The mood of this dark and steamy play is enhanced by the evocative music score.  In essence, the plot is told through the lyrics of some fifteen songs to the piano accompaniment of Nicola Luker, who is located stage left, behind “prison” bars.  The bitter-sweet songs have hints of Sondheim and Kurt Weill and greatly add to the intensity of the story.   The emotive songs, beautifully performed by Jacob Taylor and Jacob Elsey, underline the poignancy of the drama.  Especially haunting were the songs Why and Way Too Far and moments of excellent harmony in songs such as Nothing Like Fire.  Jacob Elsey’s song Roadster, about picking up the murder victim, was especially powerful and brimming with sexual energy with lyrics like “the power of my engine.” Also, there was some excellent counter melody in the song Ransom Note and, indeed, an almost angelic duet in the rendition of Nothing Like Fire.  Finally, the title song Thrill Me, tingled the spine with its sexual intensity and references to the thrill of the kill. 

The dark mood of the piece was fully supported by a well-drilled and efficient technical team, including lighting design (John Hart and Gary Stevenson), especially effective in the arson scene, and sound design (Josh Bayfield) with clinking sounds of prison doors and typewriter keys.   This was an excellent production in every department, from stage manager (Kathryn Smith) to costumes (Mags Wrightson – and especially the detail of the black and white two-tone co-respondent shoes) and voice coach (Lizzie Lattimore) for helping the actors sustain their American accents.  Also, and easy to overlook, but the TTC programme for Thrill Me seems to have enjoyed a makeover and now contains sixteen informative pages.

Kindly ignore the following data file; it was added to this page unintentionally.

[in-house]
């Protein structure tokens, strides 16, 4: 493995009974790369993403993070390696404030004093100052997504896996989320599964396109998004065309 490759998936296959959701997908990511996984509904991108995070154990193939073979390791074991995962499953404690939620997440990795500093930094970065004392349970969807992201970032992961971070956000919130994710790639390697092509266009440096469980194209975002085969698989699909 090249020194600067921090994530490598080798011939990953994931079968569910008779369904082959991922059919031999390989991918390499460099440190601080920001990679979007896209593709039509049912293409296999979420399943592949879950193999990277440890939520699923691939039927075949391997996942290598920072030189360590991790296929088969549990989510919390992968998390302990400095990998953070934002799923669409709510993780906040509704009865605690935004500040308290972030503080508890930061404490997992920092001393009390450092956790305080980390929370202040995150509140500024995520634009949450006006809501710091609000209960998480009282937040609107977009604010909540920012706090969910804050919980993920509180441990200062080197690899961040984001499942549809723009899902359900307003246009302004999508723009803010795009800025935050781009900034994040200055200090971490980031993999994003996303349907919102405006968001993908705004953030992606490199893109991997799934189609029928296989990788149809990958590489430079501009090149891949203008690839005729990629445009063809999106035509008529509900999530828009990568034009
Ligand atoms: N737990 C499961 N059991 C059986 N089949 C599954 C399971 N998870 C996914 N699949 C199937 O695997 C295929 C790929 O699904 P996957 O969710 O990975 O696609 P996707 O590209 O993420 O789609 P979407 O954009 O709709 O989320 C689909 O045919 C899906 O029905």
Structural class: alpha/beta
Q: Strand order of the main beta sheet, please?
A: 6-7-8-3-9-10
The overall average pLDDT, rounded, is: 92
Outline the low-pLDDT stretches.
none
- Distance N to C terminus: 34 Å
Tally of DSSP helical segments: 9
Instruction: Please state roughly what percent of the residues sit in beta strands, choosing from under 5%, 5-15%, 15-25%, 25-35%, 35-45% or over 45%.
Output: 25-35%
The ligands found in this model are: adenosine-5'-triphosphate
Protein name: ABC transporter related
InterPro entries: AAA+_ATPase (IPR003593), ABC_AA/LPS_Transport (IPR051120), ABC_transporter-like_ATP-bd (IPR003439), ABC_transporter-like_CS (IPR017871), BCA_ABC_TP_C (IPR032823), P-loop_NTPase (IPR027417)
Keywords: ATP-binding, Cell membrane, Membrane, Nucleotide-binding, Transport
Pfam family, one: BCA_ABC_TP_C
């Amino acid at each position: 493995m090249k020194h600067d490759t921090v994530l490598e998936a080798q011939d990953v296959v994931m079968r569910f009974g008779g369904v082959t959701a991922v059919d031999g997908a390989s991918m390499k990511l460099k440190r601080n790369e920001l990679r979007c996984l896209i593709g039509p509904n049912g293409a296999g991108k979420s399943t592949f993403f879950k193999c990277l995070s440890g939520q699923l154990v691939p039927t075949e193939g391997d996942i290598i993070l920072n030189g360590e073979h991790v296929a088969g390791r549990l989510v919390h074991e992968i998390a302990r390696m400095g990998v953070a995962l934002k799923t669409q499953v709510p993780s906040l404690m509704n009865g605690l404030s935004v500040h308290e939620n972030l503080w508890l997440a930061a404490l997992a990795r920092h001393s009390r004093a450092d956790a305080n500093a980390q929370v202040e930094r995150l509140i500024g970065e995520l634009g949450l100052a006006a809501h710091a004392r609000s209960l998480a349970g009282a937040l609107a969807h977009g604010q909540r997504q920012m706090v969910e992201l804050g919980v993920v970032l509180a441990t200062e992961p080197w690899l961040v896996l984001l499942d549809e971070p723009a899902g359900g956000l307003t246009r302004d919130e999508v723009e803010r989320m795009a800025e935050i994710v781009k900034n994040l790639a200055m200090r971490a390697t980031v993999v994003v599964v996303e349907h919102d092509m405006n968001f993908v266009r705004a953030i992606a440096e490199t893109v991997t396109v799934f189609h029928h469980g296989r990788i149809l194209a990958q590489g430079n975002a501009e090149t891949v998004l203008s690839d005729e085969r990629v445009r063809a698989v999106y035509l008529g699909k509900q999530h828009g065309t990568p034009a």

Finally, a note about the props because an interesting feature were the sixteen “courtroom exhibits” laid out on a table in the foyer.   A clever touch, since all these “props” were mimed during the show, and especially enjoyable were the bird-watching with pretend binoculars and typing on a pretend Underwood typewriter. 

This is an exquisite and haunting production which delivers a profound impact and is a gem not to be missed.

Steve Mackrell, January 2023

Photography by Kim Harding

  1. Stephen Taylor permalink

    Saw this performance on first night too. Electric performances and the singing was perfection – every not and every word but also so wel acted throughout each piece. Dark the story maybe, but dazzling we’re the performances